Initially this place was not on our radar, so we were grateful when it was suggested to us by friends who had been there and what a find. 

 About 427 km north of Bangkok. Sukhothai was the capital of the Thai Empire for approximately 140 years.  It’s a stunning place with the main city’s walls forming a rectangle of about 2 km by 1.6 km but more widely there are 193 ruins on 27 sq miles of land.  You could stay there for a month and not see it all so with 4 full days planned we were going to struggle to see and capture everything.

 Arriving on a short flight from Bangkok was a little surreal. Looking out of the window of the plane we saw an array of animals including giraffe’s and zebras.  I remember saying to Sam, “Did we catch the right flight”.

Grabbing a couple of bikes soon after we arrived, we headed for the historical park.  We had never seen so many Stupa’s, Buddha images and Prang’s, a tall tower-like spire, richly carved and a common shrine element of Hindu and Buddhist architecture.  It was wonderful to get lost amongst the ornate architecture looking for those angles with the camera and when the sun set, those silhouettes against the fire in the sky.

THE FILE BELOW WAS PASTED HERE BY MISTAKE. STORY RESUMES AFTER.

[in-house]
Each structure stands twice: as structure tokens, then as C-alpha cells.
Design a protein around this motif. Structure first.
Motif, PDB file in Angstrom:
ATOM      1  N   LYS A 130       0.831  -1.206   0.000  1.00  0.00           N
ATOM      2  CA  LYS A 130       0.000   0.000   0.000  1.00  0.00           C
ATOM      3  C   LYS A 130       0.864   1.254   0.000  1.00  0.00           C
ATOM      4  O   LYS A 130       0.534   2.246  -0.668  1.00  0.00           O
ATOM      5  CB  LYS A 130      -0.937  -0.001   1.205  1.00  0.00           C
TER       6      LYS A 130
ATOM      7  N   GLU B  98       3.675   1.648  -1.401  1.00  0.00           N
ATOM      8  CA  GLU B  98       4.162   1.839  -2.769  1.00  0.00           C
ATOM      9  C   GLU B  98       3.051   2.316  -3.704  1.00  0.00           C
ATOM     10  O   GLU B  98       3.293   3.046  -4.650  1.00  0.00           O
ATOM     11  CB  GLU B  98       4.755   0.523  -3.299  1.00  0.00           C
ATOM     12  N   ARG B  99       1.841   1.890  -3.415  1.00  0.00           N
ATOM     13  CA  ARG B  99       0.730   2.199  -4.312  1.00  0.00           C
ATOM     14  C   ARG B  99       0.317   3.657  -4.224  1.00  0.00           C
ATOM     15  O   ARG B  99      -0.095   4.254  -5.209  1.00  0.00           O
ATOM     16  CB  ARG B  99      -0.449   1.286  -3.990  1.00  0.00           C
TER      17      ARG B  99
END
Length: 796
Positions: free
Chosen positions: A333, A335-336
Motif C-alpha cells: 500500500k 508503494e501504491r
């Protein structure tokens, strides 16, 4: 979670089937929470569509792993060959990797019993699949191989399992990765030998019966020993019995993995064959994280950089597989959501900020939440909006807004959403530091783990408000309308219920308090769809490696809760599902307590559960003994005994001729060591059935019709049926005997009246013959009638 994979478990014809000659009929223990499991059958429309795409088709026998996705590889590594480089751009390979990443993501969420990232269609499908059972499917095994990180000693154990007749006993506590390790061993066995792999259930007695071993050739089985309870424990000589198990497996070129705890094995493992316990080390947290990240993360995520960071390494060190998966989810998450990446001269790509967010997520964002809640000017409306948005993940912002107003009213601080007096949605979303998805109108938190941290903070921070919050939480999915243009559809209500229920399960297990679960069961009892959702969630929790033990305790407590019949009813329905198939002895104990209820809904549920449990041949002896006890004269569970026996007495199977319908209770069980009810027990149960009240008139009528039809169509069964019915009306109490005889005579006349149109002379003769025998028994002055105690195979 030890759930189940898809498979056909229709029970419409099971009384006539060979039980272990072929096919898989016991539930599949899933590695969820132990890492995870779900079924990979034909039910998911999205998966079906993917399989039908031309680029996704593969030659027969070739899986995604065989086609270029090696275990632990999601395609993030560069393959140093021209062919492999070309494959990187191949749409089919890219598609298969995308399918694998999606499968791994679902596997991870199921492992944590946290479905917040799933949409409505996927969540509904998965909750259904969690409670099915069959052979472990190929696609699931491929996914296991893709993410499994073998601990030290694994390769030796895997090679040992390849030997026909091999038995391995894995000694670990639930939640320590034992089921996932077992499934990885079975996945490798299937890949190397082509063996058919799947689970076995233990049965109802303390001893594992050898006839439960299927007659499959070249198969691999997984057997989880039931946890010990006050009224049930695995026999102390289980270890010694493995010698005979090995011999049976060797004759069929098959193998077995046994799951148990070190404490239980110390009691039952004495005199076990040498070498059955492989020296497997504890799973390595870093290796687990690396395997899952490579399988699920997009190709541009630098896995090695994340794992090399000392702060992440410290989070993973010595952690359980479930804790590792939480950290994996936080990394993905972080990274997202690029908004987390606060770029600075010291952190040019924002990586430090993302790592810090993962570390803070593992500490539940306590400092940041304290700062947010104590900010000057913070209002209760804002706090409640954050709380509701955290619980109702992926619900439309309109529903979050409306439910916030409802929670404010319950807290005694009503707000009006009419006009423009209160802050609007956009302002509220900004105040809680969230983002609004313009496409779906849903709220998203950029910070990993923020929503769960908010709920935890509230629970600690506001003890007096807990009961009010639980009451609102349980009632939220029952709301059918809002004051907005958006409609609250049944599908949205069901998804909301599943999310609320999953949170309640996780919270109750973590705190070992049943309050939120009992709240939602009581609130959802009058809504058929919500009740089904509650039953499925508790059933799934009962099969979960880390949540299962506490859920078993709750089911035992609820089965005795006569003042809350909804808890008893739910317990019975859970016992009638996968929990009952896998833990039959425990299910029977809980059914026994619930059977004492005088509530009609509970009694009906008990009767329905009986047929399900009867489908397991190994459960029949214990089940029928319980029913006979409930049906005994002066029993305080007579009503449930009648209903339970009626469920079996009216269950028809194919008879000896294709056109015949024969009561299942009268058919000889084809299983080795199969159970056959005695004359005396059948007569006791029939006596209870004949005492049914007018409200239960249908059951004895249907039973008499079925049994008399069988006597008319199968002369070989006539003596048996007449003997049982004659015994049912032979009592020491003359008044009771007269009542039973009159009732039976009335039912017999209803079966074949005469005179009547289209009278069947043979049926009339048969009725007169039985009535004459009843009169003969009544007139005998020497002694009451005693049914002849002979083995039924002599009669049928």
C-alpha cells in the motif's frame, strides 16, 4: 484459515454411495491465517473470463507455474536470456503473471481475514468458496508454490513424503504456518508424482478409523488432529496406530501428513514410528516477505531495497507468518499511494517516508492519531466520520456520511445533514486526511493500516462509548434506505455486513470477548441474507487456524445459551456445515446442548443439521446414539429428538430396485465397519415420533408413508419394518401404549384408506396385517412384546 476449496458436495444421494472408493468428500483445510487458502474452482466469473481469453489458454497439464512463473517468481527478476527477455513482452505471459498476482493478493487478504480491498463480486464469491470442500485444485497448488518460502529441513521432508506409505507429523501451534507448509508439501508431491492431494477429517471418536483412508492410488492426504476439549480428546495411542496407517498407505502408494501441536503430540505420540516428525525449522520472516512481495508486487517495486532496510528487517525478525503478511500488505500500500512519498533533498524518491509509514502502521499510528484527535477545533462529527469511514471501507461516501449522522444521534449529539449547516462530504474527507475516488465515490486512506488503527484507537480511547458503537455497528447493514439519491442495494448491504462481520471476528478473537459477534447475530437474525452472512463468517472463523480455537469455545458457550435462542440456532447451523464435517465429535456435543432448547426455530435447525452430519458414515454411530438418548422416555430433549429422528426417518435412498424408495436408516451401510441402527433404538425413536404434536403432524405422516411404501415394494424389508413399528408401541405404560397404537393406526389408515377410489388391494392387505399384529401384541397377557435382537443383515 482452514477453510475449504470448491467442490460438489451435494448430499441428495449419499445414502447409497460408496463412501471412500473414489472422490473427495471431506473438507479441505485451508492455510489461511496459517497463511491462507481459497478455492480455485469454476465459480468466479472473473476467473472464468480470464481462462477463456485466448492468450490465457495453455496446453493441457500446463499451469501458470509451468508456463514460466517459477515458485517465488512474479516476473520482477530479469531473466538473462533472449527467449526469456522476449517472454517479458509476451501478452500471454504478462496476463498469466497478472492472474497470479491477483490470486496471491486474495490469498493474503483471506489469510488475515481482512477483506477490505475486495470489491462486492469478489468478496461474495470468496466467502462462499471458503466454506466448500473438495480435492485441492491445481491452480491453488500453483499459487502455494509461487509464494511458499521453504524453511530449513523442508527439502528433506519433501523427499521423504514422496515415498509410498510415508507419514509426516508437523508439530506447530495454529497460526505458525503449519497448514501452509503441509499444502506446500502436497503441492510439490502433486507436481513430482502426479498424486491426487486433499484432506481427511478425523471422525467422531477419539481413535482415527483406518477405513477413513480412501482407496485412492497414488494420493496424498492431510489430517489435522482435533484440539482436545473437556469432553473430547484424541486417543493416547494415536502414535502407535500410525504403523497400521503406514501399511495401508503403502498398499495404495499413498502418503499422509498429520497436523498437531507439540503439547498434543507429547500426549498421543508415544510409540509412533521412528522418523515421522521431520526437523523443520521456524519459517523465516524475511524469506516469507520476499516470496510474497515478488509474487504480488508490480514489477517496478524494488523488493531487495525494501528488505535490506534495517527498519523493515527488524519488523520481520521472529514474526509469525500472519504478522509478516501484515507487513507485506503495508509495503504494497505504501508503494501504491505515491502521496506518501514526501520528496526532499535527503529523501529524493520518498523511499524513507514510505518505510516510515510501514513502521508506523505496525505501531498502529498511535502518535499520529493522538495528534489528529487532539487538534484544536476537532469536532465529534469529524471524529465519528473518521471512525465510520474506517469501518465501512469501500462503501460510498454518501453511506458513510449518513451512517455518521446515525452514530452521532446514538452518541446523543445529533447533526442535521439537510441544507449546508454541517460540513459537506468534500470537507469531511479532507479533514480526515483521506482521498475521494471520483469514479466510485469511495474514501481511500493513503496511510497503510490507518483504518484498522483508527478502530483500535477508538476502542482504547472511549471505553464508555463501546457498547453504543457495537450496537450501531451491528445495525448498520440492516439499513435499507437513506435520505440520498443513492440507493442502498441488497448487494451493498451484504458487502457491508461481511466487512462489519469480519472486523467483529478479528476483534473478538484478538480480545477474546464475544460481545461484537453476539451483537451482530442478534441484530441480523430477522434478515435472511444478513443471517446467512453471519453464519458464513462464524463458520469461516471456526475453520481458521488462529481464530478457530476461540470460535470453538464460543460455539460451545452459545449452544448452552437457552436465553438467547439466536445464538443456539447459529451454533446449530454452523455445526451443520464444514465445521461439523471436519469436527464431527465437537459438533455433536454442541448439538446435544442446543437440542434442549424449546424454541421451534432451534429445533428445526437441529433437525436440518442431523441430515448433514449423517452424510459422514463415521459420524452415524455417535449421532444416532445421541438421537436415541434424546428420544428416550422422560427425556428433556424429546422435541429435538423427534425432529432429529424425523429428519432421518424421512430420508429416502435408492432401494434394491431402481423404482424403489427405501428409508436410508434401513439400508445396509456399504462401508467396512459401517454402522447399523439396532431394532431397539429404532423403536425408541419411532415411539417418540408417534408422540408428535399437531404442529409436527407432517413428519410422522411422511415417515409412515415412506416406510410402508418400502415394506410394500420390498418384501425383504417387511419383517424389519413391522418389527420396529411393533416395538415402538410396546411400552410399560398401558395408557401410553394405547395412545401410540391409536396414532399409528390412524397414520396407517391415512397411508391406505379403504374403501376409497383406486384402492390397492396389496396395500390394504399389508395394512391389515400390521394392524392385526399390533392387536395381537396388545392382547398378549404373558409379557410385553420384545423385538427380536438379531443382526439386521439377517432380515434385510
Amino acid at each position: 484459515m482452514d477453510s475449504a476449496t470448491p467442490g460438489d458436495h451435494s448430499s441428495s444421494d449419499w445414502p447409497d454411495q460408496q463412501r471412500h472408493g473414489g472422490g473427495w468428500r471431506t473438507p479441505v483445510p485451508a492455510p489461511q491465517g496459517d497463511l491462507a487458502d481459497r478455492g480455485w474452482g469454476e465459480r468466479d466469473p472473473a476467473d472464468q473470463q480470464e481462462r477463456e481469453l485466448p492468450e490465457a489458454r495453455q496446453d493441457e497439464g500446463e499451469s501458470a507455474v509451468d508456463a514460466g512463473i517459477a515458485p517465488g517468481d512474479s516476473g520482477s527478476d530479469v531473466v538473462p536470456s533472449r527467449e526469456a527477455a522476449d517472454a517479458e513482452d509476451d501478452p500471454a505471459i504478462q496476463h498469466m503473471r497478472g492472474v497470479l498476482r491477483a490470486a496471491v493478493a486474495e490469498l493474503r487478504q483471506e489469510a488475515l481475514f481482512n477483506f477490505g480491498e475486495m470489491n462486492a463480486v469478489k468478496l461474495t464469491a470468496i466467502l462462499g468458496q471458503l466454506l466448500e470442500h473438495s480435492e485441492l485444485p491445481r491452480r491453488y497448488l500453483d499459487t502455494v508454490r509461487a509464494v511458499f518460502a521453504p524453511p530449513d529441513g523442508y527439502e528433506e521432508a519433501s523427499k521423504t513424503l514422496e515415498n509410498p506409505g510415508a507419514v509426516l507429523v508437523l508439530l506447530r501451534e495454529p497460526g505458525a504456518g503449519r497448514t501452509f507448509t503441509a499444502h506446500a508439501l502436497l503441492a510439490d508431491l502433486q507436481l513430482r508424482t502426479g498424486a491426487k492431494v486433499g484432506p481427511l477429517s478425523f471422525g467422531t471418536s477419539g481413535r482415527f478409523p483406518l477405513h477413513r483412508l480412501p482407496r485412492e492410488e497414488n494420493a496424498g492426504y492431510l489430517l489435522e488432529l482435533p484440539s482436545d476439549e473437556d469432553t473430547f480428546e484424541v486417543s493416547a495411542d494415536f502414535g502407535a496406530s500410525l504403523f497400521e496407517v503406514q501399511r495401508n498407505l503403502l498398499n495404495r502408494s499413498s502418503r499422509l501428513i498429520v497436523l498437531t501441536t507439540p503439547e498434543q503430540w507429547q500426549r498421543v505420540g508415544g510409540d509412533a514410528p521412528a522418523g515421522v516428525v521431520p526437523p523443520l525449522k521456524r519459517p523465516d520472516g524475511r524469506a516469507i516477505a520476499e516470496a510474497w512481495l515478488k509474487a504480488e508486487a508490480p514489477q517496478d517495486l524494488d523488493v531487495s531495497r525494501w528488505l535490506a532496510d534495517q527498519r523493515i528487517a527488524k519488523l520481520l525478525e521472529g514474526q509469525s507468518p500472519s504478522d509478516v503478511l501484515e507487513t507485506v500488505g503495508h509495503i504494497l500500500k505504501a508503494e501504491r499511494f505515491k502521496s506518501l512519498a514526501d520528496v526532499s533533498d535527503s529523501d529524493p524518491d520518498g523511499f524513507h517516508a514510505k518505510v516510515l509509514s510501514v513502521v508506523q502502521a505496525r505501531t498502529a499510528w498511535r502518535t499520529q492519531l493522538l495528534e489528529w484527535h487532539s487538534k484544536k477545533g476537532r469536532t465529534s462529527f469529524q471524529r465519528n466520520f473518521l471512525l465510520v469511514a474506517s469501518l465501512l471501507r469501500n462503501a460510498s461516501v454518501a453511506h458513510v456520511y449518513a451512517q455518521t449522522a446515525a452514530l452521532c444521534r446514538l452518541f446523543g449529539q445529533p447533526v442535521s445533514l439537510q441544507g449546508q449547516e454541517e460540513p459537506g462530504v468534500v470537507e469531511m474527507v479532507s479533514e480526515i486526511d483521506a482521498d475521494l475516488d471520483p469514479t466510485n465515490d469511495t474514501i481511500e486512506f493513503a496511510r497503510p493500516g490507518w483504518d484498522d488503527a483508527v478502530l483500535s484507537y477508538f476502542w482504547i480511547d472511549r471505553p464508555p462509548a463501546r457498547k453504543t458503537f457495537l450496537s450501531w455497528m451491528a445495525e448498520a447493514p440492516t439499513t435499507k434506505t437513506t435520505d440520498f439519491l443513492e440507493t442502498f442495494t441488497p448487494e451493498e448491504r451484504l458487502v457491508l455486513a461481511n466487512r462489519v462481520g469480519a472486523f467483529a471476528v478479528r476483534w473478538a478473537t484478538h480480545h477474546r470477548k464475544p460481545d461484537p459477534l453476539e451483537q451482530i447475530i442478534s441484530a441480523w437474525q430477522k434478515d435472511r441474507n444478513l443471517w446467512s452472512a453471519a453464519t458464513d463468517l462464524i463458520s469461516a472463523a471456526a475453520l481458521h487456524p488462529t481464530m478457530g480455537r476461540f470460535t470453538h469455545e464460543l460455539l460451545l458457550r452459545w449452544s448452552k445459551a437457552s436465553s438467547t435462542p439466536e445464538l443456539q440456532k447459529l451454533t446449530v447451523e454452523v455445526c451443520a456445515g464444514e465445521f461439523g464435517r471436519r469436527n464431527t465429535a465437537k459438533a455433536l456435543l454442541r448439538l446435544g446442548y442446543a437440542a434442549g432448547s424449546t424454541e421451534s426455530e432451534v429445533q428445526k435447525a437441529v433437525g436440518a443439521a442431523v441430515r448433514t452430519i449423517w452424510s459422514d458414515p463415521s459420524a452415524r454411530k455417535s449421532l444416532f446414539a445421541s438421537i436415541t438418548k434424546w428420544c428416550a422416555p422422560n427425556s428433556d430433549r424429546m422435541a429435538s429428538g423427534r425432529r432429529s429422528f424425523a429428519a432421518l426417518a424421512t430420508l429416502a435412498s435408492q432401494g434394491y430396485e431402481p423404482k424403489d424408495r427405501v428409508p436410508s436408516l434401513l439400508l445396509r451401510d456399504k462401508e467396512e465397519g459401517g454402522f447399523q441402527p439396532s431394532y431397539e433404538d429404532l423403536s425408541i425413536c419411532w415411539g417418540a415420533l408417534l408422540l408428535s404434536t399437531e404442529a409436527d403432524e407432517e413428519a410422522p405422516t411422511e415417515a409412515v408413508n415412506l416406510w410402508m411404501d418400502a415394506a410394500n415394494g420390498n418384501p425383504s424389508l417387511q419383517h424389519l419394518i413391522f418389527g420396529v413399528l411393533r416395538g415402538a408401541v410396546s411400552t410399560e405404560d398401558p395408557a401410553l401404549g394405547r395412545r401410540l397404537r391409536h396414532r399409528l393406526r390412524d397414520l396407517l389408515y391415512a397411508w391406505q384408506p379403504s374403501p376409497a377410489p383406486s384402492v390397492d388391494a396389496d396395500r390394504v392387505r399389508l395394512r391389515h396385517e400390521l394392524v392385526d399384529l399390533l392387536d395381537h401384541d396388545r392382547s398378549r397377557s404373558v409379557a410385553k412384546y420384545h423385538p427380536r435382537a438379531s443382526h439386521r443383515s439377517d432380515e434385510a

The following day we took a guided bike tour amongst the rice paddies, local market, with an array of interesting produce, temples and a smoked fish plant, a speciality of Sukhothai.  This was real insight into local life and a chance to capture the locals and surrounding countryside. 

It was more of the same on day three and back on the bikes to venture further afield and explore the wider parts of the historical park and some great remote finds.

Our final day, and after experiencing the heat on the pushbikes, we rented a scooter and took a longer ride out to the Holy Heartland, which we flew over on the way into the airport (Excuse the rough iPhone shot). A strange deserted place which reminded us of a desolate fairground.  On the way back we took a detour to see a small temple and met Sonny a friendly Buddhist monk. When I asked him if I could take his picture, he said “No smile”.  I asked him why and he replied “Have no teeth”

I’m so pleased we stopped here on our way to Chang Mai. Sukhothai is an unspoilt marvel.  Very few people there which is great for photography and so much to see.  If you ever get the chance, you have to visit, you will not be disappointed.


Russ and Sam